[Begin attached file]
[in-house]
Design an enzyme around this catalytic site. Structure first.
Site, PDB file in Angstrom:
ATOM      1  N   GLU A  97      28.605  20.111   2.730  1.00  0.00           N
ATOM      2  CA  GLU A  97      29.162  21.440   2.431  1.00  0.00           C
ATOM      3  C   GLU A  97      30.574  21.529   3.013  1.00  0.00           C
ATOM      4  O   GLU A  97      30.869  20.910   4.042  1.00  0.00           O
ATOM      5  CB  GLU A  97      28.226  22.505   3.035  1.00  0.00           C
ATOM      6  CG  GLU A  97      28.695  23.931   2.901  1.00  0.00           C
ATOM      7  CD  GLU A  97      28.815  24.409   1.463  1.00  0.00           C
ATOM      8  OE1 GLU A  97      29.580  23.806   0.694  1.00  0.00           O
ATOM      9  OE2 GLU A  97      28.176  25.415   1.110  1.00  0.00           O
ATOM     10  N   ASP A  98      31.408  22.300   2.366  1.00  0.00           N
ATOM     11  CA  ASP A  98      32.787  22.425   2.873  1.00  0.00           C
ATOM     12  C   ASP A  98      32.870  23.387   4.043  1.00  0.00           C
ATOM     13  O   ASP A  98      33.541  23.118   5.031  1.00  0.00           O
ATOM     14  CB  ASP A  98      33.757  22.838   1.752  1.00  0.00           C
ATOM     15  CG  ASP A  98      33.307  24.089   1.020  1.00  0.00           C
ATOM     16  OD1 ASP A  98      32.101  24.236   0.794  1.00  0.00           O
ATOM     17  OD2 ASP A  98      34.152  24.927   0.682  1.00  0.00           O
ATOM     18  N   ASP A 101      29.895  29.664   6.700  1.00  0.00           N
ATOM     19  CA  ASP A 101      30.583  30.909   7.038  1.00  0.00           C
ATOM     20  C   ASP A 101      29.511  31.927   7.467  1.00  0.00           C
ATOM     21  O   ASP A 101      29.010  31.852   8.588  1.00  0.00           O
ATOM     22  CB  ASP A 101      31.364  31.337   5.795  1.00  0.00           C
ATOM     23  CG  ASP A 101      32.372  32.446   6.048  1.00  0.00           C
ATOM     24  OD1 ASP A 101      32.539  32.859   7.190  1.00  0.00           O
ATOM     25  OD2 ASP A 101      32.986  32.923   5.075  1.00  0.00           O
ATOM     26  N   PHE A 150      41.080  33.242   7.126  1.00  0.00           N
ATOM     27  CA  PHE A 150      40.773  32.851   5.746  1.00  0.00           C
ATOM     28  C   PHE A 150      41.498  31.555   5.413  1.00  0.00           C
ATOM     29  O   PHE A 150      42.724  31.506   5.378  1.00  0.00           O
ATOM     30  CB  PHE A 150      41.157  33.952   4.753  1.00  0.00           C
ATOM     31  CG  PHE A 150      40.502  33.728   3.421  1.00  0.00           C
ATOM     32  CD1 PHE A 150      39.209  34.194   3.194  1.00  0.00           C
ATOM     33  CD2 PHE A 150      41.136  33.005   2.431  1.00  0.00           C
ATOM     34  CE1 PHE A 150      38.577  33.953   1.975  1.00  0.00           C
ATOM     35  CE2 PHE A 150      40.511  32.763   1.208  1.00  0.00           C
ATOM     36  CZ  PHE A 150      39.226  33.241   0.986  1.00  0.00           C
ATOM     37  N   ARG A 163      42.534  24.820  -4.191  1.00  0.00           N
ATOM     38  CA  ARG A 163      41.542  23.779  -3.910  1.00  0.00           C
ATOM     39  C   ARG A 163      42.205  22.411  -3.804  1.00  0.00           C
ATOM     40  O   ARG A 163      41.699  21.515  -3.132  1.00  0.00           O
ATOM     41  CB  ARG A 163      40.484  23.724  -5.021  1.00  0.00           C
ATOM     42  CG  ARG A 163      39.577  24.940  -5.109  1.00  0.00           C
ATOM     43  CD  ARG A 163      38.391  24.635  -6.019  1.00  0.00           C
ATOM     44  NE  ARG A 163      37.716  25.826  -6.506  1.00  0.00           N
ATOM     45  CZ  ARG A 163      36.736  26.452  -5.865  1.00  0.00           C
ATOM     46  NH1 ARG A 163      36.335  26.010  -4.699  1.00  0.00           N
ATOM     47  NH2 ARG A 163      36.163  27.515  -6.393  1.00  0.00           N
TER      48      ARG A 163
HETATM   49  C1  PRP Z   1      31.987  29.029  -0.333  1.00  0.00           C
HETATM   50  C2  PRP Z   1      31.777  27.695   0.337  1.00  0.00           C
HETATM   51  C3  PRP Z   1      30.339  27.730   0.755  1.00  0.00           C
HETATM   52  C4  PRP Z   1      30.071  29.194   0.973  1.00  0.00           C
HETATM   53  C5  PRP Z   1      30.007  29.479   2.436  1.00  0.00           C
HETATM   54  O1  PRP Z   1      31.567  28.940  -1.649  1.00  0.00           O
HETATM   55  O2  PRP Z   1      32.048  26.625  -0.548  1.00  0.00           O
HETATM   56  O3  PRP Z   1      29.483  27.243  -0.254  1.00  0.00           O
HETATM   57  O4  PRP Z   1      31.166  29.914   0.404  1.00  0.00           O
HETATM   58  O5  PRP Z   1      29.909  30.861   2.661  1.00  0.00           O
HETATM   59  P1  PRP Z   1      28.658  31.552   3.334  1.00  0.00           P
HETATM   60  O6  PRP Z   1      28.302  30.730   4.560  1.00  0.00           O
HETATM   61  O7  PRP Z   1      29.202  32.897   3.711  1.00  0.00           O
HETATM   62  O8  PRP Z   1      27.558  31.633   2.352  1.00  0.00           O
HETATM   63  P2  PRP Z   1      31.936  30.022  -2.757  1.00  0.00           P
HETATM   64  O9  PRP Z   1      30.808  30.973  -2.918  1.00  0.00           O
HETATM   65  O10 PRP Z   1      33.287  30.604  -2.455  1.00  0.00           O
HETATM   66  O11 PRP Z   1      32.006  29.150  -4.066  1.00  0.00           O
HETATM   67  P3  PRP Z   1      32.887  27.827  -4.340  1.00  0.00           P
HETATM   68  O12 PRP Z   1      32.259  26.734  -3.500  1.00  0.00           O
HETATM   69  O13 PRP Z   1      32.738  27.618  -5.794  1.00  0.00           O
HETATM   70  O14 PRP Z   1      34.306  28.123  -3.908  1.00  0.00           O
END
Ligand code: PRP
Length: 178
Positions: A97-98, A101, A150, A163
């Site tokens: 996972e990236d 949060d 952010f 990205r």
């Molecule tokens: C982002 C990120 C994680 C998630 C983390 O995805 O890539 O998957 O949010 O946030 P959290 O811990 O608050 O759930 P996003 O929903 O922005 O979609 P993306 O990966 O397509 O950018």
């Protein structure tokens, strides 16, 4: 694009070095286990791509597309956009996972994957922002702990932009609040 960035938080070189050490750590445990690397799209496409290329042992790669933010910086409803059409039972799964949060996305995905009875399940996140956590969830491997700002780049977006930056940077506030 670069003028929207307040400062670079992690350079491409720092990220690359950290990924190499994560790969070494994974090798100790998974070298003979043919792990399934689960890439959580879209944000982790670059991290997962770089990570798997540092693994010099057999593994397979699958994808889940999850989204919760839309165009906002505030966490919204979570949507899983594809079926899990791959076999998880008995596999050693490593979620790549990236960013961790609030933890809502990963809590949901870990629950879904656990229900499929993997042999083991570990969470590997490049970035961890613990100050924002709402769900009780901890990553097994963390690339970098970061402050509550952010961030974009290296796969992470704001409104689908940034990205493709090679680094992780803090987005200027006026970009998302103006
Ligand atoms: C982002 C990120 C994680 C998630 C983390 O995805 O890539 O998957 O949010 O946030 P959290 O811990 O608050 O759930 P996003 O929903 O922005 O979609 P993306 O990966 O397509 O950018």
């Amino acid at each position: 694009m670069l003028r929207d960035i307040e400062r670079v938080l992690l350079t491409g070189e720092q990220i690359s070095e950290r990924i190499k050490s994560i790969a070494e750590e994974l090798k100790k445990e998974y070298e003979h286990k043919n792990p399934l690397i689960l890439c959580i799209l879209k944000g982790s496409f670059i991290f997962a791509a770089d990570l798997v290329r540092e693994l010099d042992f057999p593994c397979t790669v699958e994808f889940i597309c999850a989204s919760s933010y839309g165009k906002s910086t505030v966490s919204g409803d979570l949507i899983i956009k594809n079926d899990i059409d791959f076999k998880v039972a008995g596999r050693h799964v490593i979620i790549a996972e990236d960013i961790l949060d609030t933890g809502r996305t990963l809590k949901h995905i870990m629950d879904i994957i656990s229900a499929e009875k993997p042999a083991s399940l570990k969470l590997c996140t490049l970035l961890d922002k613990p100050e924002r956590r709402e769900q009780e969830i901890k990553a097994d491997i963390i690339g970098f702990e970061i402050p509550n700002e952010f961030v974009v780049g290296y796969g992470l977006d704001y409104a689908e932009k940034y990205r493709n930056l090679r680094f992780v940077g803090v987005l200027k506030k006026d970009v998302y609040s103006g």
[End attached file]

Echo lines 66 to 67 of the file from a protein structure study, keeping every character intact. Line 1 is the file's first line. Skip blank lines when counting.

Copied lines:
HETATM   63  P2  PRP Z   1      31.936  30.022  -2.757  1.00  0.00           P
HETATM   64  O9  PRP Z   1      30.808  30.973  -2.918  1.00  0.00           O